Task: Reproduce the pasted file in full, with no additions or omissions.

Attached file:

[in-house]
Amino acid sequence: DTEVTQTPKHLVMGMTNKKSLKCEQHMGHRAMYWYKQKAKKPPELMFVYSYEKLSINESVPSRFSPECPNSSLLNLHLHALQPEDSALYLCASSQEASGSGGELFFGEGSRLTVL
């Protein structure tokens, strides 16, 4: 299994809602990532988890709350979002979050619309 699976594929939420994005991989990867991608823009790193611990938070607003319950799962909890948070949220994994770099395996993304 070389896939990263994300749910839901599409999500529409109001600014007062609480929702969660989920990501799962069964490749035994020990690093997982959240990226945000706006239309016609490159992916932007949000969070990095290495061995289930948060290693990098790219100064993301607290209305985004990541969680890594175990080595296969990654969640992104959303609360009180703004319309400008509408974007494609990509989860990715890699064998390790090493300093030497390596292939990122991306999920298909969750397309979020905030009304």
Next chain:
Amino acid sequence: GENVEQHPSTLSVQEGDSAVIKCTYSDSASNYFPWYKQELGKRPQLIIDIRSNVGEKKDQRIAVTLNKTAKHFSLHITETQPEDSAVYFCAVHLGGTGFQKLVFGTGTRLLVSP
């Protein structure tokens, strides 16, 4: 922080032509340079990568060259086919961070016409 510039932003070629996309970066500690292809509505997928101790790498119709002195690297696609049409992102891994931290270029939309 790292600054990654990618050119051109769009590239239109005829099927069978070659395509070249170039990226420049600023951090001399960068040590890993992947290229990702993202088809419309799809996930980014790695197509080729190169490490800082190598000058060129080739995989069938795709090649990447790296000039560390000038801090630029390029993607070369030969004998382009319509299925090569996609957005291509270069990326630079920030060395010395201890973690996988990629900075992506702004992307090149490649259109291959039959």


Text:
[in-house]
Amino acid sequence: DTEVTQTPKHLVMGMTNKKSLKCEQHMGHRAMYWYKQKAKKPPELMFVYSYEKLSINESVPSRFSPECPNSSLLNLHLHALQPEDSALYLCASSQEASGSGGELFFGEGSRLTVL
């Protein structure tokens, strides 16, 4: 299994809602990532988890709350979002979050619309 699976594929939420994005991989990867991608823009790193611990938070607003319950799962909890948070949220994994770099395996993304 070389896939990263994300749910839901599409999500529409109001600014007062609480929702969660989920990501799962069964490749035994020990690093997982959240990226945000706006239309016609490159992916932007949000969070990095290495061995289930948060290693990098790219100064993301607290209305985004990541969680890594175990080595296969990654969640992104959303609360009180703004319309400008509408974007494609990509989860990715890699064998390790090493300093030497390596292939990122991306999920298909969750397309979020905030009304």
Next chain:
Amino acid sequence: GENVEQHPSTLSVQEGDSAVIKCTYSDSASNYFPWYKQELGKRPQLIIDIRSNVGEKKDQRIAVTLNKTAKHFSLHITETQPEDSAVYFCAVHLGGTGFQKLVFGTGTRLLVSP
């Protein structure tokens, strides 16, 4: 922080032509340079990568060259086919961070016409 510039932003070629996309970066500690292809509505997928101790790498119709002195690297696609049409992102891994931290270029939309 790292600054990654990618050119051109769009590239239109005829099927069978070659395509070249170039990226420049600023951090001399960068040590890993992947290229990702993202088809419309799809996930980014790695197509080729190169490490800082190598000058060129080739995989069938795709090649990447790296000039560390000038801090630029390029993607070369030969004998382009319509299925090569996609957005291509270069990326630079920030060395010395201890973690996988990629900075992506702004992307090149490649259109291959039959």